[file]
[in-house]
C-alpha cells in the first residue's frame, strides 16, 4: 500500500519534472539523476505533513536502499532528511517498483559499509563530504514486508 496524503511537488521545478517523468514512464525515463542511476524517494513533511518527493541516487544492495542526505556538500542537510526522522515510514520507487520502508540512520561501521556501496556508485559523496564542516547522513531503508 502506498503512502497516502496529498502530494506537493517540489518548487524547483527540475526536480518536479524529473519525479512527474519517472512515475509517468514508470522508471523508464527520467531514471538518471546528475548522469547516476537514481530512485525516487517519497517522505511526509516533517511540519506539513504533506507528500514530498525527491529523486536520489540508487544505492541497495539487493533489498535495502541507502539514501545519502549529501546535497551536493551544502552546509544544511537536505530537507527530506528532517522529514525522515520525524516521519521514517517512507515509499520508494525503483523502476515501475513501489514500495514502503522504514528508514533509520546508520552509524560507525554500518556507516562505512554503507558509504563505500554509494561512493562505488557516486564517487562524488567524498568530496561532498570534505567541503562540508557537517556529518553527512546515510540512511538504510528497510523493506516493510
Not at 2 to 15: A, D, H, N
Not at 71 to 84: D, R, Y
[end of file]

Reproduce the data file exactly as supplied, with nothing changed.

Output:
[in-house]
C-alpha cells in the first residue's frame, strides 16, 4: 500500500519534472539523476505533513536502499532528511517498483559499509563530504514486508 496524503511537488521545478517523468514512464525515463542511476524517494513533511518527493541516487544492495542526505556538500542537510526522522515510514520507487520502508540512520561501521556501496556508485559523496564542516547522513531503508 502506498503512502497516502496529498502530494506537493517540489518548487524547483527540475526536480518536479524529473519525479512527474519517472512515475509517468514508470522508471523508464527520467531514471538518471546528475548522469547516476537514481530512485525516487517519497517522505511526509516533517511540519506539513504533506507528500514530498525527491529523486536520489540508487544505492541497495539487493533489498535495502541507502539514501545519502549529501546535497551536493551544502552546509544544511537536505530537507527530506528532517522529514525522515520525524516521519521514517517512507515509499520508494525503483523502476515501475513501489514500495514502503522504514528508514533509520546508520552509524560507525554500518556507516562505512554503507558509504563505500554509494561512493562505488557516486564517487562524488567524498568530496561532498570534505567541503562540508557537517556529518553527512546515510540512511538504510528497510523493506516493510
Not at 2 to 15: A, D, H, N
Not at 71 to 84: D, R, Y